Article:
Bal'laiiy, «. a Jig; a song 
Ballet, «. an historical dance 
Bollid'tics, M. pi. the science of projectiles ; the 

art of projectiog bodies 
BaI1oo'n,«. a large vmuid used in chomlntry; 
a biill on the top of a piLar; a globe made 
of iiilk, Ac., which being inflated with gas 
risen into the air with any proiMrtloued 
weight attached to it 
Bal'lot, s. a ban or ticket used in giving votes 

privately. — r. a. to choose by ballot 
Balm, t. the name of a plant — r. a. to soothe 
B il'miness, ». sonncas ; agreeablencss 
Bal'my, a. having the qualities of bulm ; sooth- 
ing, soft; fragrant, odoriferous 
Bal'neary, $. a bnthing-room, bath 
Bal'sam, «. an ointment; a shrub 
Balsam'lc, a. mitigating, softening, healing 
Bal'uster, a a small piUar or column 
Balustra'de, «. a row of small pillars 
BamlKK/, ». an Indian cane, or measure 
Bamboo'zle, v. a. to trick, deceive, cheat 
Ban, $. a public notice ; a curse, interdiction 
Bana'na-tree, s. a kind of plantain 
Band, «. a bandage or tie ; an ornament worn 

round the neck ; a company 
Ban'dHgn. i. a fillet ; a ruUer tx a wound.— 

V. a. to bind up a wound 
Ban'dlwx, s. a tidu alight box 
Ban'derol, «. a small flag used in maddng out 

a camp, Ac 
Ban'delet, g, a flat moulding 
Ban'diness, crookedness of Tegs 
Baudit'ti, a outlaws, robbers, plunderem 
Bandolee'r, ». a small wooden case, oontaloing 

powder snfBci)-nt to charge a miukct 
Baudo're, «. a musical instrument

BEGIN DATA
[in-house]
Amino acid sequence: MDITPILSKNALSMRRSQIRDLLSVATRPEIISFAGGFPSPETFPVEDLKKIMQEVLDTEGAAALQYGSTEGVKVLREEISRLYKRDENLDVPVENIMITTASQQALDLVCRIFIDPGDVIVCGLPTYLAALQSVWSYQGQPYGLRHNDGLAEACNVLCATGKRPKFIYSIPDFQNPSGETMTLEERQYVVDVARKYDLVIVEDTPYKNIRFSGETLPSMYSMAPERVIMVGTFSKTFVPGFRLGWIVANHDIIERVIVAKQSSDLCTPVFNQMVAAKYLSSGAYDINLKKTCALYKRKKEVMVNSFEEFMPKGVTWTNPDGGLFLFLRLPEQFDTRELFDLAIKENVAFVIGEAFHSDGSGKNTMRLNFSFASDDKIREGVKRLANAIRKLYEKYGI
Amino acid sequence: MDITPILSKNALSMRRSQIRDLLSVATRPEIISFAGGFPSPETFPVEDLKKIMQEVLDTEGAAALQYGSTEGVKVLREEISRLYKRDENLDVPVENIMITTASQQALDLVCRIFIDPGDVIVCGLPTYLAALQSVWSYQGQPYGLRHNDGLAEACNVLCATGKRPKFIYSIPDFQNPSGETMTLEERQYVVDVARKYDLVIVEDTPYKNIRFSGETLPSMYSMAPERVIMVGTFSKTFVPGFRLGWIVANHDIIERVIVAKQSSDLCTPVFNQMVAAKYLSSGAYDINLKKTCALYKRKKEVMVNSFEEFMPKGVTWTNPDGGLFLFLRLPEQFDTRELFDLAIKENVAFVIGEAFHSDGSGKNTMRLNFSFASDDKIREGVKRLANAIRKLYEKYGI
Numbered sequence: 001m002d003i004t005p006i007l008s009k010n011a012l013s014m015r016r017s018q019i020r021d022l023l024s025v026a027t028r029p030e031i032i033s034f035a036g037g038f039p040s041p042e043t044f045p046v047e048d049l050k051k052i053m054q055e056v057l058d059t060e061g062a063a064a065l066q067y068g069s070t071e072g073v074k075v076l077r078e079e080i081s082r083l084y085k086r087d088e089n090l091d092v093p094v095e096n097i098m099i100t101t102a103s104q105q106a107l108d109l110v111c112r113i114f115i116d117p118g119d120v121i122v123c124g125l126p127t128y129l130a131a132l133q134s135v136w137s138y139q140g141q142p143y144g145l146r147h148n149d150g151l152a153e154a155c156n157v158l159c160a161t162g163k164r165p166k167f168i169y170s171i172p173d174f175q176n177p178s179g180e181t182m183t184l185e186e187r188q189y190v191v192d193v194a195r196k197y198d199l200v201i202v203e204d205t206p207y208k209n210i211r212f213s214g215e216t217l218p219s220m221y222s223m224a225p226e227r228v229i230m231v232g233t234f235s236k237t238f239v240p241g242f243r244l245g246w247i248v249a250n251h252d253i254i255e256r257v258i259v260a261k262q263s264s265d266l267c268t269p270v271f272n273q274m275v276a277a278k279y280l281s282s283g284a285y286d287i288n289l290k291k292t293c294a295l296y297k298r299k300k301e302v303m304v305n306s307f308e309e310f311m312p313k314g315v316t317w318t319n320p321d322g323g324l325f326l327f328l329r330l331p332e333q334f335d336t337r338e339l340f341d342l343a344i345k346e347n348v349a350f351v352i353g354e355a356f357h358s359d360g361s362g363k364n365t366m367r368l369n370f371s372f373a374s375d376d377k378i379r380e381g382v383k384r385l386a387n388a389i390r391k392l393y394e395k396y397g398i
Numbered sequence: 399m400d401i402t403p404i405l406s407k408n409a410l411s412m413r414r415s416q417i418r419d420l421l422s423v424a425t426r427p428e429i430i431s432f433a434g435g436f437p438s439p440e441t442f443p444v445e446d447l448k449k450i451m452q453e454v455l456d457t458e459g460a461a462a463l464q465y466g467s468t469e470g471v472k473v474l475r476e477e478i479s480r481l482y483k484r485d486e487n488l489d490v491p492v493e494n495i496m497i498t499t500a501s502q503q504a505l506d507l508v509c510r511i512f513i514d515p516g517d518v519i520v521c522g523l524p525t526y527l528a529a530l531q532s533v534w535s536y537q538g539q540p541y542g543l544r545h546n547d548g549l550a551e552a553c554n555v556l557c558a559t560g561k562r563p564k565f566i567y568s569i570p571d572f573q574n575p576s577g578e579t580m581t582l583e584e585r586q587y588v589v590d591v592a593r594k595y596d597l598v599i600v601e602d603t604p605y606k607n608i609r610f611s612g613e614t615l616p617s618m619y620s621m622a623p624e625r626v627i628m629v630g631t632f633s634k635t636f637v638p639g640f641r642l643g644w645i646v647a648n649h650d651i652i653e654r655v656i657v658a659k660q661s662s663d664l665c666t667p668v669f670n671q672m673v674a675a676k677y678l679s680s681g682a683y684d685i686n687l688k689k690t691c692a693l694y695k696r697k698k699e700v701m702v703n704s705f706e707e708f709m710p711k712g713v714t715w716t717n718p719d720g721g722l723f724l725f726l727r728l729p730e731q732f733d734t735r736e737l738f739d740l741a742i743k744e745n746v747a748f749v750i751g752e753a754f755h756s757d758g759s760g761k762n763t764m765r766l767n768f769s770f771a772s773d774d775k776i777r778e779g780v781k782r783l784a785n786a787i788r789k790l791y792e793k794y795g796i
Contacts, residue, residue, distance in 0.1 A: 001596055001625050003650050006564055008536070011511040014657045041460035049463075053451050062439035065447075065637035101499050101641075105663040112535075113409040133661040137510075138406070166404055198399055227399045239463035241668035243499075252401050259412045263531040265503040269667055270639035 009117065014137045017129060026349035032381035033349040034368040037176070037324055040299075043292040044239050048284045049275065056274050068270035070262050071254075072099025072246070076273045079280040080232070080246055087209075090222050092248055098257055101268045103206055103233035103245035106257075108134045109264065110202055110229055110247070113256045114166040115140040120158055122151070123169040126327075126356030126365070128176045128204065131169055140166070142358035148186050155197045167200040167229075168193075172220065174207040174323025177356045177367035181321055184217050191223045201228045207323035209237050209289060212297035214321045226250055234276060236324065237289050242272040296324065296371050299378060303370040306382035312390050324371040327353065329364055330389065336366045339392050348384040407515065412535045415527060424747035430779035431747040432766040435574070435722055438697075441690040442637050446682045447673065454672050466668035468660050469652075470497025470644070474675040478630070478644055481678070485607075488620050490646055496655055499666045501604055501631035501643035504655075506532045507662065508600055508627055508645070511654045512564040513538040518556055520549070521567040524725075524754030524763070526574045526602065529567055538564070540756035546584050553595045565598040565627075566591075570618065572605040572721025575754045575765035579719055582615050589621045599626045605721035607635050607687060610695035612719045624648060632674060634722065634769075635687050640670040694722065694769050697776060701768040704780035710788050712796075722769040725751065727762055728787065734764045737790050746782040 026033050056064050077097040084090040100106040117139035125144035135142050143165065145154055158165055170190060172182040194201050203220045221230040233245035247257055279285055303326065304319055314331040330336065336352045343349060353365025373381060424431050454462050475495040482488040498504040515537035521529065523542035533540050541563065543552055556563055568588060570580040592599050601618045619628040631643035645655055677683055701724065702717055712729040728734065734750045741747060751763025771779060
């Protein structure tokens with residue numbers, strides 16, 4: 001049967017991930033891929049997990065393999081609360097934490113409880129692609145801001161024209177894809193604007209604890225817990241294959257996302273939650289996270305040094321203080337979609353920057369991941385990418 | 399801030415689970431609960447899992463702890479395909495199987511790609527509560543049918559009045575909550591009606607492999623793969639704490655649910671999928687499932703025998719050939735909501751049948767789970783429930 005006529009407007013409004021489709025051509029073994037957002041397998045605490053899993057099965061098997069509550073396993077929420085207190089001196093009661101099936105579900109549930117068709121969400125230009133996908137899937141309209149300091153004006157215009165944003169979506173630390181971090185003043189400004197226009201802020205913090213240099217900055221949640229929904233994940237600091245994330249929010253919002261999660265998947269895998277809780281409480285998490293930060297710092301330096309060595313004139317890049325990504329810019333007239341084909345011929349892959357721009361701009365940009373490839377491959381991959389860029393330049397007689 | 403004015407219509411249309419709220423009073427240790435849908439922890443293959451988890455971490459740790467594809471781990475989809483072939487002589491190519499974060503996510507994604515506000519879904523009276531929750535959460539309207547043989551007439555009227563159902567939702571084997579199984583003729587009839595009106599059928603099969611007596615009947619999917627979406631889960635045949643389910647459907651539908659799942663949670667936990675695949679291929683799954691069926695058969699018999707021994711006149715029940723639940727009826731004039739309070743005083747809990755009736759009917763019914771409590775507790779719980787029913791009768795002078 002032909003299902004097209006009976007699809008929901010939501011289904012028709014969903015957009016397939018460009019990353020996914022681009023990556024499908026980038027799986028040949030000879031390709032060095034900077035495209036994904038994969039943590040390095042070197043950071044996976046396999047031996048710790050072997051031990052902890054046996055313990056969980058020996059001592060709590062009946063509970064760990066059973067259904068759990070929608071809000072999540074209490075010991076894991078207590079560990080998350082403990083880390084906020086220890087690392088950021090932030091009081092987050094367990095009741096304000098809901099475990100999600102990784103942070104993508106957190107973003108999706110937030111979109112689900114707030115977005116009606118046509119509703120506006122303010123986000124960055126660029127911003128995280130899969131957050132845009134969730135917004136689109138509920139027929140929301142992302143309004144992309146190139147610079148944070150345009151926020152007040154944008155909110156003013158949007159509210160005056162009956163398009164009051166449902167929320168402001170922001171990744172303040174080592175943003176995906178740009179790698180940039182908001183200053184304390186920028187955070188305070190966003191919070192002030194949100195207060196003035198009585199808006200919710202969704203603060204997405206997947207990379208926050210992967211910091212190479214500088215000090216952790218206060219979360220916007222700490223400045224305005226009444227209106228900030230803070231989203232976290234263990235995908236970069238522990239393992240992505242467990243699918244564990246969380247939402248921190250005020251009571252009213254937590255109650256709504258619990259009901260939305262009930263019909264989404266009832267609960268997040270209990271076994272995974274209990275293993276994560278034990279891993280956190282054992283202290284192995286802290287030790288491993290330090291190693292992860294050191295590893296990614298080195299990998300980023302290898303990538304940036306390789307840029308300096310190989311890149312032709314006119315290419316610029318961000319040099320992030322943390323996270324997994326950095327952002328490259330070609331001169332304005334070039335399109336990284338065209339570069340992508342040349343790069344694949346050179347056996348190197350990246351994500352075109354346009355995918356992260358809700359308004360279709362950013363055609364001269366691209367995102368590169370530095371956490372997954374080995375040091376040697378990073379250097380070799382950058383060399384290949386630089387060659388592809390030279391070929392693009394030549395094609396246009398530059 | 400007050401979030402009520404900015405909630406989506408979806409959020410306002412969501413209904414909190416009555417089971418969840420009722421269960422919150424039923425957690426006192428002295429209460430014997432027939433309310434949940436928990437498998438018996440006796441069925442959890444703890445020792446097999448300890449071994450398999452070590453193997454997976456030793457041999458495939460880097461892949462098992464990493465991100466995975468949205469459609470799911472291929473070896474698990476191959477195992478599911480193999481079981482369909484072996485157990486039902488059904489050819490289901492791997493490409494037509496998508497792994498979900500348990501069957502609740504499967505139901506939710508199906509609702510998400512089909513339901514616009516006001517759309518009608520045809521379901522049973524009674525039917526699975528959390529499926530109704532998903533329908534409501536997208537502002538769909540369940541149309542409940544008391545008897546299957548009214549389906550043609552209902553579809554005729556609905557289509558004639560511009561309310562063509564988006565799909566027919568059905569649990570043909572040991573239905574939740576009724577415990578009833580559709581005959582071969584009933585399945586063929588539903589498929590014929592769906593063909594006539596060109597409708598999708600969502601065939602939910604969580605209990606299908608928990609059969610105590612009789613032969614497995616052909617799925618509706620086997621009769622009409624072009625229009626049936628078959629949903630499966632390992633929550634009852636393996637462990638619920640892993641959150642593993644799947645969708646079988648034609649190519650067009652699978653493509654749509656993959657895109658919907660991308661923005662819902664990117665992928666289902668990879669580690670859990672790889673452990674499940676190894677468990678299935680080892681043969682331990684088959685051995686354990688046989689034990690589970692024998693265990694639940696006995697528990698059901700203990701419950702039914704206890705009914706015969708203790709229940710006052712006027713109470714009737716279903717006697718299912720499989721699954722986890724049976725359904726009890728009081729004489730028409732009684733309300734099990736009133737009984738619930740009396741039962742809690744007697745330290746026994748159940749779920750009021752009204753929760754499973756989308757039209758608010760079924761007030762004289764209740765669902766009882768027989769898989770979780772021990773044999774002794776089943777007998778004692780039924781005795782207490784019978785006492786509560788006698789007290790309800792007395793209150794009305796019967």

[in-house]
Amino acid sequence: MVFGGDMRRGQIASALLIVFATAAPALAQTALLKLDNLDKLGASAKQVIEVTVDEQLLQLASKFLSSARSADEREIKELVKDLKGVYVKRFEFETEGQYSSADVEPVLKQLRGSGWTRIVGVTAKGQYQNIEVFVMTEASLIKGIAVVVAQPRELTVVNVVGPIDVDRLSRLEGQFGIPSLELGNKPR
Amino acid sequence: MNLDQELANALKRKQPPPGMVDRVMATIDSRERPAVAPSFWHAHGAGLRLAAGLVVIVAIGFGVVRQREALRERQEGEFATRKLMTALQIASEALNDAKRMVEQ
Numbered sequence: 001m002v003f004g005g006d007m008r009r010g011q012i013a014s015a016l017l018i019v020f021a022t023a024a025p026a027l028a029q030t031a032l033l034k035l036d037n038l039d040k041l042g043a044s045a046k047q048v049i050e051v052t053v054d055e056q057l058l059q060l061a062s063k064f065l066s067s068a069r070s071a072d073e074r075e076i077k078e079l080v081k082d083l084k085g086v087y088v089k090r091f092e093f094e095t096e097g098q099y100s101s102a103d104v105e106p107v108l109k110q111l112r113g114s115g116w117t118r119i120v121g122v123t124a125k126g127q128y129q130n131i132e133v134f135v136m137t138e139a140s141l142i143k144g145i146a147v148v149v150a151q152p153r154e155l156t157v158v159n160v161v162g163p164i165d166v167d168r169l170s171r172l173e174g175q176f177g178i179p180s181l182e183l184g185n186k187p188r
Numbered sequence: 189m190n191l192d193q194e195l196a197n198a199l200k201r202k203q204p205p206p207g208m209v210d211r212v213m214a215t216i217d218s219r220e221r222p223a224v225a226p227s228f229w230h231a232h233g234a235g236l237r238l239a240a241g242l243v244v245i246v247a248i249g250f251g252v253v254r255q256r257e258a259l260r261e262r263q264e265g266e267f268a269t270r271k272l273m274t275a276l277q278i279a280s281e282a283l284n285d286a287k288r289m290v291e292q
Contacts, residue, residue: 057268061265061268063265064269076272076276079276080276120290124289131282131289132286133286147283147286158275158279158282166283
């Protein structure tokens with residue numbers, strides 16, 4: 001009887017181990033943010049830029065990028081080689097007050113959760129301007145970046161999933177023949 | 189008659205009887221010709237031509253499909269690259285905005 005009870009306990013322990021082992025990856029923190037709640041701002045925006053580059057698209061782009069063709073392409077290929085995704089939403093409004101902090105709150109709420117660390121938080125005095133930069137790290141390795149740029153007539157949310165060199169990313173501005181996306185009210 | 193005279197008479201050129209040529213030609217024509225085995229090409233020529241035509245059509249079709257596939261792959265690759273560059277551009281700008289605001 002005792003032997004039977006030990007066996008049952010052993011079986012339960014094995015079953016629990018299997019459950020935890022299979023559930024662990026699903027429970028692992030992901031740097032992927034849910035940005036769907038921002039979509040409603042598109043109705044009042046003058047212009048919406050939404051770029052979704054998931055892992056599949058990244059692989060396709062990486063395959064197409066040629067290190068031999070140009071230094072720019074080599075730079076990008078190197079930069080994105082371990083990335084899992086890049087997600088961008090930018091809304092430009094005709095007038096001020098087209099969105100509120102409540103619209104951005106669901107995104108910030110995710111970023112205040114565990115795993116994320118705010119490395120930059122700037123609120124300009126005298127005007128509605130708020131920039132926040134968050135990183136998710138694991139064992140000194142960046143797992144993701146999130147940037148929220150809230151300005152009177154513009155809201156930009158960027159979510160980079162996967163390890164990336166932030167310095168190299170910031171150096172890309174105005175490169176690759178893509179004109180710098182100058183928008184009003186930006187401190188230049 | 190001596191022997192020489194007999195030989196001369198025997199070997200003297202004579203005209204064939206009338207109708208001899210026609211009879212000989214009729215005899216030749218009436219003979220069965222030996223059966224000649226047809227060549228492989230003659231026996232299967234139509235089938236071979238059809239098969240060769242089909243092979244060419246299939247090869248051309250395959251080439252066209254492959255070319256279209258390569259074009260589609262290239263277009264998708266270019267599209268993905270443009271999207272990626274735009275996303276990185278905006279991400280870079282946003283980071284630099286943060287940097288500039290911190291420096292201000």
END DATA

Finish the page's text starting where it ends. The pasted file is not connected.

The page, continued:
Ban'dy, r. a. to toss to and f^ to give and 
take reciprocally; to contend at a game.— 
a. crooked.—*, a crooked stick 
Ban'dy-legged, a. having crooked legs 
Bane, t. nusolilef; ruiu, poison.— <i. to polioa 
Ba'nefaU a. poisonous, hurtful 
Ba'nefidness, t. Injurious influence 
Banff, t. a blow, a thump. — v. to beat 
Ban'lan, *. a light morning undress 
Ban'ians, •. a \yarUculAx viftX Vo. VoiS&a^ -^Vsk 




Ban'ish, r. a. to m'IuI nr (l.l«e awnj 
ItAii'iMliiiioiit, «. iriiii-'|H>itHtii-n, cuilo 
Ituiik. «. ilit* bitlu ci' It livi-r: a li'.tU; Iiill | a 
Mk-mI in thii RCA : a niuMtury where muiiey 
iit oc(-n>iut]iiIiy UMi^fil 
liniik-bilL t. H iintf tor inoii^ in thi* bnnk 
Itnn'kur. «. oni> who rcH'i-ircii'niuu-.-v in triKt 
lian'krujtt, *. mic who, U-in;; nnriliii- to sutlaiy 

liiH unMliturh, Mirn-udiTH bin i-nv-cis 
IiHn'kni)itcy, t. tin* ntutu ol'n l)aiikni|it 
Itui/iier. s. H uiiiitary stamlMnl <-r iI.ik 
liun'm-n-t. t. a kuij^ht creattxl in tliu hcU of